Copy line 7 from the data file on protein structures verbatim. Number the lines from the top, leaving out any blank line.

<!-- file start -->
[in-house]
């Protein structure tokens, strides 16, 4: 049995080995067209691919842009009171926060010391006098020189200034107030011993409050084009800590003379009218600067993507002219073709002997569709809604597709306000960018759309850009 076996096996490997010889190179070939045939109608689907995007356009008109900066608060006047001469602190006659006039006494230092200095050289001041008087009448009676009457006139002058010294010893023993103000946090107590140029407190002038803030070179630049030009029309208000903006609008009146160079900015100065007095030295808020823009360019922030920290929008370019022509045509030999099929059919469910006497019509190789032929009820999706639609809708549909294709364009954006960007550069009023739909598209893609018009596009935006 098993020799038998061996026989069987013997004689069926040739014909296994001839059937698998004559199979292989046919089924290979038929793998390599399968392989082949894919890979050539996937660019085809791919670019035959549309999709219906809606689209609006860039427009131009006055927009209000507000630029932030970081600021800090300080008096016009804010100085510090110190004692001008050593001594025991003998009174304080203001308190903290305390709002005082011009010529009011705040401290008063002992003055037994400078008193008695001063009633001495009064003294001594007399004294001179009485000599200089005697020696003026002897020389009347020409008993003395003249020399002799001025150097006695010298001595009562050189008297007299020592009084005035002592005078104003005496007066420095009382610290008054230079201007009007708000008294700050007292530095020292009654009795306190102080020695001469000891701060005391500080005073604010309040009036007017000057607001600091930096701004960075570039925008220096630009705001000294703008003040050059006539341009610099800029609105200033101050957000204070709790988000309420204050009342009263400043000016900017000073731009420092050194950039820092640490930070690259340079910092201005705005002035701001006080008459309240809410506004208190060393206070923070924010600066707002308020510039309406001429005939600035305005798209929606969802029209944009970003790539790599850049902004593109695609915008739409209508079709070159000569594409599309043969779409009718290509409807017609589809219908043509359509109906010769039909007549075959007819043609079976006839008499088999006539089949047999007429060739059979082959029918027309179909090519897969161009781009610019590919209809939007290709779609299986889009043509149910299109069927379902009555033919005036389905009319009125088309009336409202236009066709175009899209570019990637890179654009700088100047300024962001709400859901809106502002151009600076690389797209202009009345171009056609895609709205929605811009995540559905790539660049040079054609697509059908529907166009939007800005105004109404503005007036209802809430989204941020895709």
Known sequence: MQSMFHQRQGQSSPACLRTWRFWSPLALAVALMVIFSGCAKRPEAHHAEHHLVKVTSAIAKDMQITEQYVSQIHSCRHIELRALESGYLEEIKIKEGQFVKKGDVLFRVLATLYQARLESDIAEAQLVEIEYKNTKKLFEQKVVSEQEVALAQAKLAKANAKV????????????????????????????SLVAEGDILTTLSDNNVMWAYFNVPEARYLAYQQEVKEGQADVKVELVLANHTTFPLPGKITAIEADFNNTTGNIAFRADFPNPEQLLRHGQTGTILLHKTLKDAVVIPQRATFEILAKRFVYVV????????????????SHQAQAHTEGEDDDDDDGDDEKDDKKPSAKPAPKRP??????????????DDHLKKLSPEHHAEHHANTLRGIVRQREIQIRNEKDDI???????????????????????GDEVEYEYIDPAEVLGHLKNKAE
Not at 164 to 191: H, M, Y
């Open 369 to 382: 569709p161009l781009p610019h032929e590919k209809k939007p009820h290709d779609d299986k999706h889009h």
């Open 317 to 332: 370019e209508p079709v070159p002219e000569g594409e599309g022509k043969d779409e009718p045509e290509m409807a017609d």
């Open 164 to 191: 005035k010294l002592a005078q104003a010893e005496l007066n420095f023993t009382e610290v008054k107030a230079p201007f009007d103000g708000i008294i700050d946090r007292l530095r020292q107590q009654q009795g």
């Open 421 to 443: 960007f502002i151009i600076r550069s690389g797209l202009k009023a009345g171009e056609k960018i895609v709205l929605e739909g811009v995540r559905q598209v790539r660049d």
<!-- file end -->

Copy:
């Open 164 to 191: 005035k010294l002592a005078q104003a010893e005496l007066n420095f023993t009382e610290v008054k107030a230079p201007f009007d103000g708000i008294i700050d946090r007292l530095r020292q107590q009654q009795g």